Gaza militants vowed counterattacks for Israeli air strikes, one day after Hamas-brokered deal to stop rocket attacks.
Gaza City, Gaza
Israeli warplanes carried out air strikes against targets across the Gaza Strip Sunday morning, just one day after Hamas announced it had reached an agreement with all Gaza-based militant factions to halt rocket fire into the Jewish state.
The early morning Israeli raids – which injured eight Palestinians (three at metal workshops in northern and central Gaza, as well as five at smuggling tunnel in the southern Gaza Strip town of Rafah, according to Palestinian health officials) – were the most comprehensive in a single night of operations since Israel ended its three-week war on Gaza in January.
An Israeli military spokesman said the strikes Sunday targeted two weapons-manufacturing facilities and a smuggling tunnel. The attacks were in response to a rocket fired from the Gaza Strip into Israel on Saturday, causing no damage or injuries.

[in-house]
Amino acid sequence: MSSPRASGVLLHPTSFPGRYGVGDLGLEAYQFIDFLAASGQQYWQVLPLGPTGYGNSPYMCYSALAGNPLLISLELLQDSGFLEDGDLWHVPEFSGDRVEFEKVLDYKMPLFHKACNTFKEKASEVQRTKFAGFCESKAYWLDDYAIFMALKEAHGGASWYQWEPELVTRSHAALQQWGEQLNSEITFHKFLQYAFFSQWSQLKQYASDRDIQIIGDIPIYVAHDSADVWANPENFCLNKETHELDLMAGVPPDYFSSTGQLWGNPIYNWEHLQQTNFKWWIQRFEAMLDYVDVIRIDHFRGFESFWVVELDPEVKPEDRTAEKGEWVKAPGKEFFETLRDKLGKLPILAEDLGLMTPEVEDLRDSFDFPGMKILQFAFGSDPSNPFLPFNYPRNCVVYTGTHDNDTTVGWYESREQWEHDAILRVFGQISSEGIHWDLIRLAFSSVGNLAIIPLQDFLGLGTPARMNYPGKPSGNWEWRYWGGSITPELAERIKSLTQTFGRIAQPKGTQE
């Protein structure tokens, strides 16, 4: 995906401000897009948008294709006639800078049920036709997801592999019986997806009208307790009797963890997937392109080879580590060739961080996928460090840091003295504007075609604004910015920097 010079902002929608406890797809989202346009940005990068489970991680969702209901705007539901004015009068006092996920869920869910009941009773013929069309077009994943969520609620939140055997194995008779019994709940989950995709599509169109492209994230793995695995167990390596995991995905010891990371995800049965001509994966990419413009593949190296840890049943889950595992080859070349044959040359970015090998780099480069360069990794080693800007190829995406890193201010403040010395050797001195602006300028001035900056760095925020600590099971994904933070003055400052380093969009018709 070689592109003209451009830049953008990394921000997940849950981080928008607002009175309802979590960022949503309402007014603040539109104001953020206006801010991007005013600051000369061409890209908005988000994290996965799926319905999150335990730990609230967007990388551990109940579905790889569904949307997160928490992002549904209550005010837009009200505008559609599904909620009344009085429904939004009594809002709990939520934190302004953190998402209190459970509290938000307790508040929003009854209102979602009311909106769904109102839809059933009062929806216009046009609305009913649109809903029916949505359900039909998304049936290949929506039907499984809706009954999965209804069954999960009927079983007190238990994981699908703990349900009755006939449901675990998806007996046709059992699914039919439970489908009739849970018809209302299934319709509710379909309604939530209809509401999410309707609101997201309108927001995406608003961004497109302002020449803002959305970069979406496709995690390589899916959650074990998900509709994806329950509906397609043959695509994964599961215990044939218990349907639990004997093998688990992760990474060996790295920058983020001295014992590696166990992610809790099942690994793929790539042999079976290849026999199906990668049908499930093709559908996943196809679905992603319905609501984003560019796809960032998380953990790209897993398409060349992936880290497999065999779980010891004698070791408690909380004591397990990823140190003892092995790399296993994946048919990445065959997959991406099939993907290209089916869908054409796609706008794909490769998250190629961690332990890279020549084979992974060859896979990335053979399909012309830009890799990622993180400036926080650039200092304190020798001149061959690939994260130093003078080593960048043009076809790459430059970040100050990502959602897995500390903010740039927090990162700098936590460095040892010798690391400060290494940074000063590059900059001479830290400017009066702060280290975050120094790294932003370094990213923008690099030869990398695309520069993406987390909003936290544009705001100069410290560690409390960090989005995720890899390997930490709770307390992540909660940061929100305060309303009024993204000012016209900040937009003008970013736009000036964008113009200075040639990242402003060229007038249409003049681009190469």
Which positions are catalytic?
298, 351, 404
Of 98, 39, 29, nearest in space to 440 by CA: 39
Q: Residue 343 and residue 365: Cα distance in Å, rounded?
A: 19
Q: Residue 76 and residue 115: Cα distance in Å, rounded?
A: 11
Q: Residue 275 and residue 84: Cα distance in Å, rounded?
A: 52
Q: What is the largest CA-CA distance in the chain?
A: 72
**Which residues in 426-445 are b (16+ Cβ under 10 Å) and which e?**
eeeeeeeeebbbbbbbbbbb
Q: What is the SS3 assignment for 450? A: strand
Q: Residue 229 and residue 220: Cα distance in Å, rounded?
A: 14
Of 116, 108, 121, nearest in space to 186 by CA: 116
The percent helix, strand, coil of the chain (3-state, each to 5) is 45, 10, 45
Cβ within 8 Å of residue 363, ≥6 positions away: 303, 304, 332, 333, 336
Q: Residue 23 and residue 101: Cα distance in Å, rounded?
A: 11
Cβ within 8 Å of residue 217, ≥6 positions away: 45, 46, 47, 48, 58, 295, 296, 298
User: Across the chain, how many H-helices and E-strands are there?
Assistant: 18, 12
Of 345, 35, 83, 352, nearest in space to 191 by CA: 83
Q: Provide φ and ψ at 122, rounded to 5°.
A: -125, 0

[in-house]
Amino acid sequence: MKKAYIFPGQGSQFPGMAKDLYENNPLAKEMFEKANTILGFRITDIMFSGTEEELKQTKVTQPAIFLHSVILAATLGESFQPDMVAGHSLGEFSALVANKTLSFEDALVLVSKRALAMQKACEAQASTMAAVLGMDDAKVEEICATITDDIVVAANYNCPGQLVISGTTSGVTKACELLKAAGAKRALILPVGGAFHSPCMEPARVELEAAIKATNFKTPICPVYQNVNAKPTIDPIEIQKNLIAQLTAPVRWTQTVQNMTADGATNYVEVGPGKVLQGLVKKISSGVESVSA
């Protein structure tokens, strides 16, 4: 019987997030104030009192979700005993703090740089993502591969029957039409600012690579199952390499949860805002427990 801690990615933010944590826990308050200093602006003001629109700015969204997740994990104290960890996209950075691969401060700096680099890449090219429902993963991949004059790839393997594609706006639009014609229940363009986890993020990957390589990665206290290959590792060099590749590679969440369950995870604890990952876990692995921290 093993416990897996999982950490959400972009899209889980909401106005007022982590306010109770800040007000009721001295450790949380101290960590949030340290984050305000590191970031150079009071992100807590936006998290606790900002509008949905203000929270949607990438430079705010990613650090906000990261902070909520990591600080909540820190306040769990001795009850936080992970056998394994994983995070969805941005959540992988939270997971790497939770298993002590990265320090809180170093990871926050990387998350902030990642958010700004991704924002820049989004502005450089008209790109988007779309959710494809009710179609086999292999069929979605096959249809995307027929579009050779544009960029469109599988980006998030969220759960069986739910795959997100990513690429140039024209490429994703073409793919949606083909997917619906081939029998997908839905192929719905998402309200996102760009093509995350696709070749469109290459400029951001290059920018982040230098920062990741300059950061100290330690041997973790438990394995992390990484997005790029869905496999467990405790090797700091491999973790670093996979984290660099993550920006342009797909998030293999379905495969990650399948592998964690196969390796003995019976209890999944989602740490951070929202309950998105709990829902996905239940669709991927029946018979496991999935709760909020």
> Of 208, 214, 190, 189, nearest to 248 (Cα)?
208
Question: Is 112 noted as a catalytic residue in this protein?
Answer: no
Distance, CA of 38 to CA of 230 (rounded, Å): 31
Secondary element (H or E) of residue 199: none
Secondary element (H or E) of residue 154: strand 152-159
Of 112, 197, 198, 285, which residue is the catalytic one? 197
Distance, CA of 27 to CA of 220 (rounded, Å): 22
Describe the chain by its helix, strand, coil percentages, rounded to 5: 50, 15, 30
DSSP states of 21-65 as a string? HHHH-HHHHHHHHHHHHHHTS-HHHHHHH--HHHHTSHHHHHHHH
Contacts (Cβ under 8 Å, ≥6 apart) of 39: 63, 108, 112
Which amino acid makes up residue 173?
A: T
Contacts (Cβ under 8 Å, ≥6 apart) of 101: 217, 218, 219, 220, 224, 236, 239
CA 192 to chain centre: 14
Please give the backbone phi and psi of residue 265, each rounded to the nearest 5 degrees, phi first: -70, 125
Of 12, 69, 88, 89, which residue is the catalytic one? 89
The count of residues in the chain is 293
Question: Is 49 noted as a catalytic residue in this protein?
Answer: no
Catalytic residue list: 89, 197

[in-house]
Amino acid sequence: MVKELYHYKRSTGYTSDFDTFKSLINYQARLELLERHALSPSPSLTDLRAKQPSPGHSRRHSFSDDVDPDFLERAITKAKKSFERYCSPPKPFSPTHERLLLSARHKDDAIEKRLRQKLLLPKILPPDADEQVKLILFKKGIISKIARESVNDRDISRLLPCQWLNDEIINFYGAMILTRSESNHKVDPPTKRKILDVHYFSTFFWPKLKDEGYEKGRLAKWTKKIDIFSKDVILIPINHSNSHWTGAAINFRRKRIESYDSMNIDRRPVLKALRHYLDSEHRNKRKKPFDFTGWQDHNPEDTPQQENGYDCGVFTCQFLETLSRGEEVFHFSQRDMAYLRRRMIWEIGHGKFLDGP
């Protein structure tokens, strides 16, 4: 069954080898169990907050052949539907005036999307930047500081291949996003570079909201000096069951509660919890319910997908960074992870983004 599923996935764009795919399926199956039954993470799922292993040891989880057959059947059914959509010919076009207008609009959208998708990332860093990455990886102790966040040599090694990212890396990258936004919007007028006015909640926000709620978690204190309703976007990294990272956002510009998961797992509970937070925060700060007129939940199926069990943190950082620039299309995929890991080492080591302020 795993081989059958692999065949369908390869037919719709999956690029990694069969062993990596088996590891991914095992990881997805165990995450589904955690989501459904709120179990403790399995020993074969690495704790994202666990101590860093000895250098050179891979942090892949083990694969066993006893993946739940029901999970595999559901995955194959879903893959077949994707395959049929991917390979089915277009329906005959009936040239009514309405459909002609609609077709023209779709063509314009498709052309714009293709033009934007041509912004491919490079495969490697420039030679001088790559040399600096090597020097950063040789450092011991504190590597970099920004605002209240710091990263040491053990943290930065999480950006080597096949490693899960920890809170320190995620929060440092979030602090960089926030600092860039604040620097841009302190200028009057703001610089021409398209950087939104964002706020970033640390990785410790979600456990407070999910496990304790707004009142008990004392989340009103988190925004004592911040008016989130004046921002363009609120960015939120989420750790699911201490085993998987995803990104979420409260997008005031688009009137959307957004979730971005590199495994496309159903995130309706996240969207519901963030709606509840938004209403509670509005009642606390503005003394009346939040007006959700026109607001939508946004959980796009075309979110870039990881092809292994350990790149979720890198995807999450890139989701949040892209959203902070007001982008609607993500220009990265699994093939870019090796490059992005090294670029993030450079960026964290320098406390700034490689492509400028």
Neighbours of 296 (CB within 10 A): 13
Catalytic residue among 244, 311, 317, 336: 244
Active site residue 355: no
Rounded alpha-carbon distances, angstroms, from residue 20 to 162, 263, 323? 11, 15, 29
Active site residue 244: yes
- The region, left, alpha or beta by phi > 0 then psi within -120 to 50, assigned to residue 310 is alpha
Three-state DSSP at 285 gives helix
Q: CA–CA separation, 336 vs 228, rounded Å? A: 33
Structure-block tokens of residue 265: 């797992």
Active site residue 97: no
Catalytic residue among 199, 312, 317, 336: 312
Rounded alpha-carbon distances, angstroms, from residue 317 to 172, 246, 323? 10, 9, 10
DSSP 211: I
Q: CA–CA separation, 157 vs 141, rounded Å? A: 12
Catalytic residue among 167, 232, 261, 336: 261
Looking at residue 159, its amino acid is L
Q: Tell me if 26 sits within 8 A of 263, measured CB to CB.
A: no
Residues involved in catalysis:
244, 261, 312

The border between Israel and Gaza has been relatively quiet since last winter's assault that killed some 1,400 Palestinians and 13 Israelis, with just sporadic rocket fire and Israeli retaliatory attacks focused almost entirely on striking the smuggling tunnels under the Gaza-Egypt border.
Some 270 rockets have been launched from Gaza into Israel in 2009, compared with over 3,300 in 2008 prior to the war, according to Israeli military figures.
Signs of escalation?
But despite Hamas' Saturday announcement that the rocket attacks will temporarily stop, locals fear this morning's attacks and the more recent tit-for-tat violence may be reaching last year's pre-war levels.
In September, the Israeli military carried out its first targeted assassination since the war when an unmanned drone struck a vehicle carrying Islamic Jihad militants near Gaza's eastern border.